The 50th anniversary of Earth Day is an important milestone of environmental awareness and progress.
Across the world, people and organizations are coming together to conserve and show support for environmental protection. In that spirit, we celebrate Southern Company’s Environmental Stewardship program and its rich conservation history spanning more than 17 years.
One example began in 2003 with Southern Company funding bird protection programs. We support research and conservation of shorebirds who use the Atlantic Ocean coastlines through a National Fish and Wildlife Foundation (NFWF) grant program, the Atlantic Flyaway Shorebird Initiative. One feathered friend that has captured the attention of many is the red knot.
The red knot, also known as the Calidris canutus rufa, is a small shorebird about the size of a robin. It’s special for its long-distance migration. Despite the bird having only a 20-inch wingspan, it flies more than 9,000 miles every spring and does the reverse each autumn.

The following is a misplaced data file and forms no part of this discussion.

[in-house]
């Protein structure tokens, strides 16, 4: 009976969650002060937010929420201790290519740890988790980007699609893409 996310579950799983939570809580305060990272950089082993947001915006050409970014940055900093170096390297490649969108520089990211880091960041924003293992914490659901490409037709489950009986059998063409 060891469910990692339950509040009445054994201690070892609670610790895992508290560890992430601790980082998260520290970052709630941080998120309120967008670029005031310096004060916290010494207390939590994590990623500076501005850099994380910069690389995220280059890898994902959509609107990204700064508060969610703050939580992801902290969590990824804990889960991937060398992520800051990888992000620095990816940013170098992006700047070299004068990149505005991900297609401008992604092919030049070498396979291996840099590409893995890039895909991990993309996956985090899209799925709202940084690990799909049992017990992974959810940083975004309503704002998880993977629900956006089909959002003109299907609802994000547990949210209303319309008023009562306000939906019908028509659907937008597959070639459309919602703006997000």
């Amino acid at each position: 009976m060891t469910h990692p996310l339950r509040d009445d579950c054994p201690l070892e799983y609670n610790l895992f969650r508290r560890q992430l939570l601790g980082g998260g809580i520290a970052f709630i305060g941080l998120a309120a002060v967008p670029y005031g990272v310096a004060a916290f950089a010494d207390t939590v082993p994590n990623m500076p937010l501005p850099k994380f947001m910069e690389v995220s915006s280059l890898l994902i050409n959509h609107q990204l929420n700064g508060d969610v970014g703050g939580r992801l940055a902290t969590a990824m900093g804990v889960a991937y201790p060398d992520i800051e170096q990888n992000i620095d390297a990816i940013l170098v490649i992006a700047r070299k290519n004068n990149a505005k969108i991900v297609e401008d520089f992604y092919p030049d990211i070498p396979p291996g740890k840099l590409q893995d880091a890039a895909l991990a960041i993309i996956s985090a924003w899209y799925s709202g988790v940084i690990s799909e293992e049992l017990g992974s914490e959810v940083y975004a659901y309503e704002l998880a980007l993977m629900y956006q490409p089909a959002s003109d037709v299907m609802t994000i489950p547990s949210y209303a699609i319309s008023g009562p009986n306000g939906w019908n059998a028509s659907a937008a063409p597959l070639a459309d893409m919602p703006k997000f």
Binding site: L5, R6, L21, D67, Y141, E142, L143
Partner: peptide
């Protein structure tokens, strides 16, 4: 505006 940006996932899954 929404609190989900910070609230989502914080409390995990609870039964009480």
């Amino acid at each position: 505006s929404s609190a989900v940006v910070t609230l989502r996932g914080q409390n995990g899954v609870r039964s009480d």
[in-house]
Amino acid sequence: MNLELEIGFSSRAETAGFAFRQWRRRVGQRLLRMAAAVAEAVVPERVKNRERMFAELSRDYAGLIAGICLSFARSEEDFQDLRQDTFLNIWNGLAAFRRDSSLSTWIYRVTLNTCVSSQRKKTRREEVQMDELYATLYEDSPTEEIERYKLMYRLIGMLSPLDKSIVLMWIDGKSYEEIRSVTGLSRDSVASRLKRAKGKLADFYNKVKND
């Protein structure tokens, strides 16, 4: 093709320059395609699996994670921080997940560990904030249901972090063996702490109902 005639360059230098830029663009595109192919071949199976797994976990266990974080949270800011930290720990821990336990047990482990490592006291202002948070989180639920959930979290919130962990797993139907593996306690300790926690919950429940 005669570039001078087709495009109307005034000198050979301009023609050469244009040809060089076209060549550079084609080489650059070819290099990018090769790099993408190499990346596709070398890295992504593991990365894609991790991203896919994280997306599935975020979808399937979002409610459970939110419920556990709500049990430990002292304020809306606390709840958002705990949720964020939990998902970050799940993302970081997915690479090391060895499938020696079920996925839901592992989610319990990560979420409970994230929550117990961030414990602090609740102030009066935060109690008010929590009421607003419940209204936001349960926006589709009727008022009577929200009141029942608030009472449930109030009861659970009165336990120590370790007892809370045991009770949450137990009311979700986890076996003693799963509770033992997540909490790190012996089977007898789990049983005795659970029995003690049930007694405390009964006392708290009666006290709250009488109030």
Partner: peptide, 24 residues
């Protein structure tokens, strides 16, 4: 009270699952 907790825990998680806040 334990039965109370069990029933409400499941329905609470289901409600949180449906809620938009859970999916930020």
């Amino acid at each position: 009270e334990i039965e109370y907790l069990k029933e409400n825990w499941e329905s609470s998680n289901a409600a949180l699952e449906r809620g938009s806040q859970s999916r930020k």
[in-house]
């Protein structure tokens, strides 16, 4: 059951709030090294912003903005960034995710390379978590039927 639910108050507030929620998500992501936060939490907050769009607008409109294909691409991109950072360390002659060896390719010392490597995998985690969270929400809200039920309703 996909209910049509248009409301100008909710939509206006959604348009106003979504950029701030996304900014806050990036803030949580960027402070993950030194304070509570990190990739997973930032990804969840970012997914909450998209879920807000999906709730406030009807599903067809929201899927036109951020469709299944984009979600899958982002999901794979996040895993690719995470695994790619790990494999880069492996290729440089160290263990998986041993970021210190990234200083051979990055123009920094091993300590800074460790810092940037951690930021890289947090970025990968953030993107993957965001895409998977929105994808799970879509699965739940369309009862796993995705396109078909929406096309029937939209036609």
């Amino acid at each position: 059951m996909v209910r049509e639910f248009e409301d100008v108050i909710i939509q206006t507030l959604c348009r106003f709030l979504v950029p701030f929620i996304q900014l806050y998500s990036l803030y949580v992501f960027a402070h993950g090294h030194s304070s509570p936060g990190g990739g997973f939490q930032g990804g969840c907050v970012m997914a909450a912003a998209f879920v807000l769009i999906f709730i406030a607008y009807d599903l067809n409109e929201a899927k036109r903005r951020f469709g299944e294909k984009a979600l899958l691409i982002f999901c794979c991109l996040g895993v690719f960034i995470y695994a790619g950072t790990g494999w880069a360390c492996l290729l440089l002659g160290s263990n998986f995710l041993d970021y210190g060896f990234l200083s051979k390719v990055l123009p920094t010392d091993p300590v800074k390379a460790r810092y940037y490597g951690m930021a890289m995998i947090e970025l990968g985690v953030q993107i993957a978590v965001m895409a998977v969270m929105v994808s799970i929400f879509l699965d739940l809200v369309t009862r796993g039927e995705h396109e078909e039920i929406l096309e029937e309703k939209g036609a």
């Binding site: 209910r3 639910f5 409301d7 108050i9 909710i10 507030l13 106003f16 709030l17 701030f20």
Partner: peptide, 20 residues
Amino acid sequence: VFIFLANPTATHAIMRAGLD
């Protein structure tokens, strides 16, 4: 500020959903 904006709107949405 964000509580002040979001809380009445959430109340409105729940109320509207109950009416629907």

The well-traveled bird’s journey takes it from the Arctic Circle to the southern tip of South America. Along the way, it makes several stops including the coastline of Virginia and Georgia. Georgia, along with other eastern coastlines, is a popular stopover site for the red knot because of its diet: horseshoe crab eggs and mollusks.
“Learning about red knots will give everyone a chance to vicariously experience travel and the beach while staying at home,” said Jim Ozier, Georgia Power environmental specialist and bird expert.
The red knot population saw a decline of nearly 75 percent from the 1980s into the 2000s due to coastal development and other stressors on its habitat. Together, NFWF and Southern Company’s Environmental Stewardship program seeks to mitigate threats to the red knots by conserving and restoring habitat, and ramping up management and monitoring to assess progress. The goal is to minimize human disturbance, reduce the impact of predators and complete bird monitoring and tagging, all of which can bolster population growth. Breeding, staging and wintering are paramount to the species progression and survival.
Southern Company environmental stewardship is more than just birds. Some of the species and places we conserve include freshwater streams, robust redhorse fish, rivers, longleaf pine forests, gopher tortoises, bats, pollinators and many more.
Earth Day is the perfect time to learn and understand how we are all intertwined in the ecosystems we serve. Click the link to learn more about the Conservation and Environmental Stewardship program and how you can become an environmental citizen.